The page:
Guitarist Andreas Kisser of Brazilian/American metallers SEPULTURA was interviewed on the latest installment of HATEBREED frontman Jamey Jasta‘s official podcast, “The Jasta Show”. You can now listen to the chat using the

On some of the well-known singers who tried out for SEPULTURA after Max Cavalera left the band in December 1996:

“[TESTAMENT‘s] Chuck Billy, he [laid down his vocals over] the [demo version of a then-new SEPULTURA song called] ‘Choke’ … Because we sent the instrumental [version] of a new song [to prospective singers to record their vocals over]. We didn’t want anyone to sing ‘Roots [Bloody Roots]’ or ‘Refuse/Resist’, because we didn’t want a clone. We wanted somebody to bring new ideas, to bring SEPULTURA to a different path, to a different level. And Chuck Billy, he did… He used more of the guttural [vocal style on his audition tape]. And it works. Because, recently, we did a ‘Metal Allegiance’ jam at NAMM in Los Angeles, and we played some SEPULTURA stuff with Chuck Billy singing, and it was great, man — it was great. So he did a great job. But, you know, he’s Chuck Billy; he’s TESTAMENT. We wanted somebody new.”

[A two-minute snippet of Chuck Billy‘s SEPULTURA audition tape can be streamed in the YouTube clip below.]

On how close SEPULTURA came to hiring MERAUDER‘s Jorge Rosado as Max Cavalera‘s replacement:

“Dude, that was close, but… [Jorge] came down to Brazil. It was great. I mean, he’s really a great singer [with] a great voice. But it’s not only technical [things that you have to keep in mind], when you’re looking for somebody to be in the band. I mean, you have to look for the whole package. You have to survive with this guy on the road, on the same bus, airports. I mean, [somebody who is] professional. You know — that kind of stuff. I’m not saying he was unprofessional, but he was very hyper. And we in SEPULTURA, we’re very calm. It was insane, ’cause he was showing us his videos, and we were in the small room in the studio where we were practicing, and he was jumping from place to place; he couldn’t stay in one place sitting down. And for us, it was a little bit [overwhelming]. [We were, like], ‘Calm down, man.’ [Laughs]”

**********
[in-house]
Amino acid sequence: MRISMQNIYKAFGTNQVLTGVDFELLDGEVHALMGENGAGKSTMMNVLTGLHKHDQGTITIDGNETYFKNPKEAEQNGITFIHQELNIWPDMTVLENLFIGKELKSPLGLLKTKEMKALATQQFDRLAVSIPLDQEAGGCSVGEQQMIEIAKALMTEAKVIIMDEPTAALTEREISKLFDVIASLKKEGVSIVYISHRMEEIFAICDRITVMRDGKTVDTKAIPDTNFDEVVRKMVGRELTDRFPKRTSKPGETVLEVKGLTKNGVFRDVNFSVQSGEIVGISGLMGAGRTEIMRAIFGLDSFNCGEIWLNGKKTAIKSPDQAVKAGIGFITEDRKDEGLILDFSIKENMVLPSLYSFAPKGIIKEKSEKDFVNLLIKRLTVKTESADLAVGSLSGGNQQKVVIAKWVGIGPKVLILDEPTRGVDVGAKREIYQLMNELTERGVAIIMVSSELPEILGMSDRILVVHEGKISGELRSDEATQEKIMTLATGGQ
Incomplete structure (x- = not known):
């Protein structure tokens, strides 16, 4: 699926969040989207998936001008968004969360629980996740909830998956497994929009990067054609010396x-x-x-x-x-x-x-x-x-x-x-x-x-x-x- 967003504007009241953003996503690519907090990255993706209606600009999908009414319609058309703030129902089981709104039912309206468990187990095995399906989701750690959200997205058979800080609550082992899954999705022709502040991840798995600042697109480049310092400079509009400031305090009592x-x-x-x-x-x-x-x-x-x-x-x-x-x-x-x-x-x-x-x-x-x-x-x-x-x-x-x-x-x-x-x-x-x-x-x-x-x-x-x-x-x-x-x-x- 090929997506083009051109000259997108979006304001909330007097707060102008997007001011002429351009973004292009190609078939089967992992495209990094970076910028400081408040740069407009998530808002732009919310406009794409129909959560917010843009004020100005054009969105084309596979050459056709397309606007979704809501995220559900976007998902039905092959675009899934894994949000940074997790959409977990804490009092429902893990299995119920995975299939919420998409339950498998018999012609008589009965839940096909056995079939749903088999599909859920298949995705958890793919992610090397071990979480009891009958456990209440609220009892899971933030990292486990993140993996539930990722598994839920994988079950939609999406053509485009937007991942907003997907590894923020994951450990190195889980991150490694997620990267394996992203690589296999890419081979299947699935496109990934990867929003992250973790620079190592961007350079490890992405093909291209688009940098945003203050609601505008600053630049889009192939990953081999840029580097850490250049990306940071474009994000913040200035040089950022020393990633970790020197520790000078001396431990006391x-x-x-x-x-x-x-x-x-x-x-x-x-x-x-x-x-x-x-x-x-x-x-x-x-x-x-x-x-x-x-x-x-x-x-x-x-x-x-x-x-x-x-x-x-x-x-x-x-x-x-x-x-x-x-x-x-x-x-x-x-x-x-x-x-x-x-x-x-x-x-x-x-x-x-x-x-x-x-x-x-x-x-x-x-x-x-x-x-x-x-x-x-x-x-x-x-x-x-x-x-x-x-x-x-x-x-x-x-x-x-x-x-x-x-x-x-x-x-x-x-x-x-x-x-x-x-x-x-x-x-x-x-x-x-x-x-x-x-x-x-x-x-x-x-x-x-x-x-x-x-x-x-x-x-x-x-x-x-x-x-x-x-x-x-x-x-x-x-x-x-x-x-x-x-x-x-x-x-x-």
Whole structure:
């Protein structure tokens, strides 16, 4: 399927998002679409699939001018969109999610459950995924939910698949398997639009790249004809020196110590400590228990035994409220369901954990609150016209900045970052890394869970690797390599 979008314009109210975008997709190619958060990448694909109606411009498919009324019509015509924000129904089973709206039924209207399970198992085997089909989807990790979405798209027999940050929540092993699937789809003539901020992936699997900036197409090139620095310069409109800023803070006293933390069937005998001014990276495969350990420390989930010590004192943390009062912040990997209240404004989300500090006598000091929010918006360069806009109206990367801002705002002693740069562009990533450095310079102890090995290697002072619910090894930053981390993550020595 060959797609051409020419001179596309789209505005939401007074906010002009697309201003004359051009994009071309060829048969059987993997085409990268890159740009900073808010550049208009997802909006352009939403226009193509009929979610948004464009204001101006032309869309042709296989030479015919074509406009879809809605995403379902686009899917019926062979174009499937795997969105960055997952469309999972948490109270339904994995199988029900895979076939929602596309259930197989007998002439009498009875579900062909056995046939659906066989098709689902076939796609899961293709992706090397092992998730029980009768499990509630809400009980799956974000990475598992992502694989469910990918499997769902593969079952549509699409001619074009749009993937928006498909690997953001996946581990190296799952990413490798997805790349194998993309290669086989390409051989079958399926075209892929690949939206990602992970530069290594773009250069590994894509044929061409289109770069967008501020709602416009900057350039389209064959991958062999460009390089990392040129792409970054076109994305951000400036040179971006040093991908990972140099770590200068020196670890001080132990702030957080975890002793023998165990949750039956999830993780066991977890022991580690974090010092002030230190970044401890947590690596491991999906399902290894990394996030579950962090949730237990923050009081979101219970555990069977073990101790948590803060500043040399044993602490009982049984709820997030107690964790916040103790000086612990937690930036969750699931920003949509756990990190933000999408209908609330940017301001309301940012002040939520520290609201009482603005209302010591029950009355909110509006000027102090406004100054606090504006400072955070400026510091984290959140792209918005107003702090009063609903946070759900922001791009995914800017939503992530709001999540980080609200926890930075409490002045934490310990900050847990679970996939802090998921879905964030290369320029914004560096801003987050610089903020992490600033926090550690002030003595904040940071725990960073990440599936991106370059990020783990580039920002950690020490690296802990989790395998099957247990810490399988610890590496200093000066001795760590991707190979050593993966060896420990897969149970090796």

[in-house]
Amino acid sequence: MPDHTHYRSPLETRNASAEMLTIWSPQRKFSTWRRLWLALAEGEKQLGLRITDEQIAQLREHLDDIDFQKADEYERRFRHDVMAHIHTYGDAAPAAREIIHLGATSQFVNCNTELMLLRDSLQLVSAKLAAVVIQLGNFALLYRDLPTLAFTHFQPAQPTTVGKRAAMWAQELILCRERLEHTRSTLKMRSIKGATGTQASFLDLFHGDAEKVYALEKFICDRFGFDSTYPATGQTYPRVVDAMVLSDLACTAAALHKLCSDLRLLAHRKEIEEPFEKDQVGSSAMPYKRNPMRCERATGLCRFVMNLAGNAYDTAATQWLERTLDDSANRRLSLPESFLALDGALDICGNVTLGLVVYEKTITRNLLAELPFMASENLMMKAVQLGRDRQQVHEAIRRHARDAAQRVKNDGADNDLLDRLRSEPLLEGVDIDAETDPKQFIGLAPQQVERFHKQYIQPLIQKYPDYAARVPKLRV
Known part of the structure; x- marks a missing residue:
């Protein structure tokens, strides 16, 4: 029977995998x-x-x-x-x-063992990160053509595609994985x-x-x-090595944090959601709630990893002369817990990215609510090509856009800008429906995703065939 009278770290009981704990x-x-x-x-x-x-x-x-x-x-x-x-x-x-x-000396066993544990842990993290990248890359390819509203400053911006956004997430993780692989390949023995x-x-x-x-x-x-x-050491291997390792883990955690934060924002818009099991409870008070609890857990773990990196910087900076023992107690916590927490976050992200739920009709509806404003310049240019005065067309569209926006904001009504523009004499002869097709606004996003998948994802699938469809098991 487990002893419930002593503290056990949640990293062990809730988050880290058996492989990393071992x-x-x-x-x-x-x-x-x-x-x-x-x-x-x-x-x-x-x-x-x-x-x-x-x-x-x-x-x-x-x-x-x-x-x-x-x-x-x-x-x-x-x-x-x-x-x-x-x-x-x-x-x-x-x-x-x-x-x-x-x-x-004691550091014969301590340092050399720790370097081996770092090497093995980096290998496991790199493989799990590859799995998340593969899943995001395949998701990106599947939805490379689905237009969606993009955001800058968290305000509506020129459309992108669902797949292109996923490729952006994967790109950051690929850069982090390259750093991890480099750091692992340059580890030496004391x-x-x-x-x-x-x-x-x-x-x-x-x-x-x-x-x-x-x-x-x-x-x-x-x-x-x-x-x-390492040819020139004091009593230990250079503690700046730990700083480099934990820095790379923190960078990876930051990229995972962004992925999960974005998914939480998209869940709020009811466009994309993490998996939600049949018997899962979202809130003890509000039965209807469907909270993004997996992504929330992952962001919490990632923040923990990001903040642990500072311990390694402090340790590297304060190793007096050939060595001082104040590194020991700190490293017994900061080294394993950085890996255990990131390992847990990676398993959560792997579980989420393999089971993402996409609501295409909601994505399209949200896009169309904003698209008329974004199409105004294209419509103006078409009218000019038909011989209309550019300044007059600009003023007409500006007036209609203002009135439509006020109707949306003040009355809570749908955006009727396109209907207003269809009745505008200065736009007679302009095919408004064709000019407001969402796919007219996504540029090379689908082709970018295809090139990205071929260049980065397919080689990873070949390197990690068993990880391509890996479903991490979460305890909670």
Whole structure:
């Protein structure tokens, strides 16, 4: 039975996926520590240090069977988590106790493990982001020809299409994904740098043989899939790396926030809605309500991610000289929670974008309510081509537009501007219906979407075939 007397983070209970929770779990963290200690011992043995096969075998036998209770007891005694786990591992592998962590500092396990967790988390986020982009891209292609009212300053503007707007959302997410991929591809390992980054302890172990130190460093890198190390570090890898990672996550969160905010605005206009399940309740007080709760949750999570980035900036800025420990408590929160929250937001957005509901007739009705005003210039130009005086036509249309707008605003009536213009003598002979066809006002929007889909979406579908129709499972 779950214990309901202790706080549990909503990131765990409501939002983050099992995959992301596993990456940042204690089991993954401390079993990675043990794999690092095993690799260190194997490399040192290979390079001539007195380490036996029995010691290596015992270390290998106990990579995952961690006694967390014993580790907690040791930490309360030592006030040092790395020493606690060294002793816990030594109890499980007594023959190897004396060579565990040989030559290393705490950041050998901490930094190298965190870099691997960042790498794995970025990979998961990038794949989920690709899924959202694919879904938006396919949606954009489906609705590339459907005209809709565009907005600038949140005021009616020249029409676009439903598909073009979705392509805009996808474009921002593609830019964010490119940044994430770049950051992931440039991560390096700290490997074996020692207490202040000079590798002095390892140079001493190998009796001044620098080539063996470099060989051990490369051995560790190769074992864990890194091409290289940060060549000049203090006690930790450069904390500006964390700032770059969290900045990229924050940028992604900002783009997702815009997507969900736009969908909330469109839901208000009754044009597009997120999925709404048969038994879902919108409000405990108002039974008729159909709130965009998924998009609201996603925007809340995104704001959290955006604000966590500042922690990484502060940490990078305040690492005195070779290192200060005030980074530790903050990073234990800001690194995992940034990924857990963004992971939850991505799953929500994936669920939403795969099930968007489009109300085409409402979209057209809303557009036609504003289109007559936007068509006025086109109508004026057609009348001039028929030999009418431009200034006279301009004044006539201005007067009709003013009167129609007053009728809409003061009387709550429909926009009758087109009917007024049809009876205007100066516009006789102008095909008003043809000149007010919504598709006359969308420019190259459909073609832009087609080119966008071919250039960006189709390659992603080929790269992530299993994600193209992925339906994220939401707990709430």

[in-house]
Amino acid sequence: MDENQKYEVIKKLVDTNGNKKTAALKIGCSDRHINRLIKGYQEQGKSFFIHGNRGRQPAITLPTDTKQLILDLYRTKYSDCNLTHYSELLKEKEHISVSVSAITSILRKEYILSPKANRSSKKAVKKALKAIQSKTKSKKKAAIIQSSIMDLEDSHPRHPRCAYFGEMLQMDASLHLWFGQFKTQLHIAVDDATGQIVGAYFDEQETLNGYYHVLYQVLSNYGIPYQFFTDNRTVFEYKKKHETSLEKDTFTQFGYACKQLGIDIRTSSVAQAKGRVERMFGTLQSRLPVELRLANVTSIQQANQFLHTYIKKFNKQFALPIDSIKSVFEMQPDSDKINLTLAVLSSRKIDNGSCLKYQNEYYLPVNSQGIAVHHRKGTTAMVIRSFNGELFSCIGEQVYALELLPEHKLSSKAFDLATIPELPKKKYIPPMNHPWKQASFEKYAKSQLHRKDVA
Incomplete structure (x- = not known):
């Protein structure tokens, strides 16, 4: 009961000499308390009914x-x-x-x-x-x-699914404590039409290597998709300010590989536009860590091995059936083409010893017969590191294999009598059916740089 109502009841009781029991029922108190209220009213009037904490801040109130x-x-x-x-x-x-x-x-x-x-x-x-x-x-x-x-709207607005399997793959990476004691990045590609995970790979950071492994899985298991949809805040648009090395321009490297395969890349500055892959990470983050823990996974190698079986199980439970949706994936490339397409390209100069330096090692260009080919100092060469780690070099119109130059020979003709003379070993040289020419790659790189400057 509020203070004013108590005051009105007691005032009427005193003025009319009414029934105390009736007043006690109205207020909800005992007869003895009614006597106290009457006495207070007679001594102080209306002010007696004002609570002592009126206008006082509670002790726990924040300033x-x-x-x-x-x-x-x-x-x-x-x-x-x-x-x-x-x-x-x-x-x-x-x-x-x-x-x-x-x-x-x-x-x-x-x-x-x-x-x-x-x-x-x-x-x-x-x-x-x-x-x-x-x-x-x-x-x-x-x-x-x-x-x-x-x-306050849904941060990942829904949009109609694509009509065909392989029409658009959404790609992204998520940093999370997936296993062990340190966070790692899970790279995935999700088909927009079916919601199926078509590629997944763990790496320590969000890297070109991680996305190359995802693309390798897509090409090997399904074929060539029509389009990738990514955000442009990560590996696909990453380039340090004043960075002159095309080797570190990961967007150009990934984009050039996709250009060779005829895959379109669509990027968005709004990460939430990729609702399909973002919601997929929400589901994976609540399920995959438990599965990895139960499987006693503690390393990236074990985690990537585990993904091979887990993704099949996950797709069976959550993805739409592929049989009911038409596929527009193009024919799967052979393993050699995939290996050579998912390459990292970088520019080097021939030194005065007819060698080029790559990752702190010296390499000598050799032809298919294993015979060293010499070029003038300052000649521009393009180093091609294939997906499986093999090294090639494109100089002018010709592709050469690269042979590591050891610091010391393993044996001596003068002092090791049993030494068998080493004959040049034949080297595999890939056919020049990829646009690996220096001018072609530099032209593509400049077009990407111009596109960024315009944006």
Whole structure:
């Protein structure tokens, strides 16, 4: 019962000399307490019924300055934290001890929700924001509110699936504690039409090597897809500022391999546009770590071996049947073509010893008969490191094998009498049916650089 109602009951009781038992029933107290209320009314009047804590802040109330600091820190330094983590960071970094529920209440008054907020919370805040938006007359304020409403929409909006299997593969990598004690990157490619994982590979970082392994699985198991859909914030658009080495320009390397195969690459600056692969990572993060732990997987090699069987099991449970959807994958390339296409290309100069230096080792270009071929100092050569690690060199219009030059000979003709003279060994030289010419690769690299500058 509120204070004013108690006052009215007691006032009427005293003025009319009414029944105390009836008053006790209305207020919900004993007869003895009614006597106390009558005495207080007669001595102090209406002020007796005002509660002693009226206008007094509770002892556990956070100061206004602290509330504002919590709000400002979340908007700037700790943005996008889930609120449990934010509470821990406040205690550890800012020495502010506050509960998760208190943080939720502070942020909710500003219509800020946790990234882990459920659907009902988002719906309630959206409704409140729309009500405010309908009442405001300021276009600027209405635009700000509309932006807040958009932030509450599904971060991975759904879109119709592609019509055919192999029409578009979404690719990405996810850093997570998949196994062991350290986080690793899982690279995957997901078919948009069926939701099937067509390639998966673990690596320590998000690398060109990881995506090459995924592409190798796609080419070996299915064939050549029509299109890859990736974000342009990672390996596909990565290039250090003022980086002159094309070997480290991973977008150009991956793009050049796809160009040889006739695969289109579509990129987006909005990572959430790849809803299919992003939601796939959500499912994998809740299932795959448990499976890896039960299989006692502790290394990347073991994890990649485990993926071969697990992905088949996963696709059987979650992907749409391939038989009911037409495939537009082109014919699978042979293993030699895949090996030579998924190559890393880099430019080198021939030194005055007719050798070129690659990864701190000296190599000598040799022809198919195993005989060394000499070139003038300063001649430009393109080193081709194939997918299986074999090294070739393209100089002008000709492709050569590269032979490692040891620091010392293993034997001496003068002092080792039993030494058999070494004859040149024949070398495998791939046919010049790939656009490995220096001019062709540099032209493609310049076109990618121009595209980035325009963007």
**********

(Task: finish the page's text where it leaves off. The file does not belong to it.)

On the hardships SEPULTURA faced immediately after the split with Max Cavalera:

“It is a propaganda type of feeling, because when Max left, I mean, I remember [the U.K. edition of] ‘Headbanger’s Ball’ with [host] Vanessa [Warwick]. It happened at the same time where ‘Headbanger’s Ball’ was playing, and then she read Max‘s letter [which he wrote from] a very victimized position, [claiming] that we were really the bad boys, and we had this conspiracy [against him]… that kind of stuff. We chose not to go and respond to everything he was saying, because time proved that every different interview [Max gave after that] was a different story, and it was very confusing, very chaotic. And we gave our version: we fired our manager, and our manager contracts were [about the expire]. We didn’t have the choice to continue, like any other professional, with the contract that we had, and Max chose to leave. I mean, I think he didn’t have any choice. I mean, he had a family and everything, and he had the proposition, really, to go ahead and do a solo career and everything. But that’s what really happened. And we suffered a lot of the bombardment, from the press, from our own label that didn’t believe in [current SEPULTURA singer] Derrick [Green]. They wanted another Max there — to continue the same type of… I mean, that’s so stupid. That doesn’t exist for SEPULTURA.”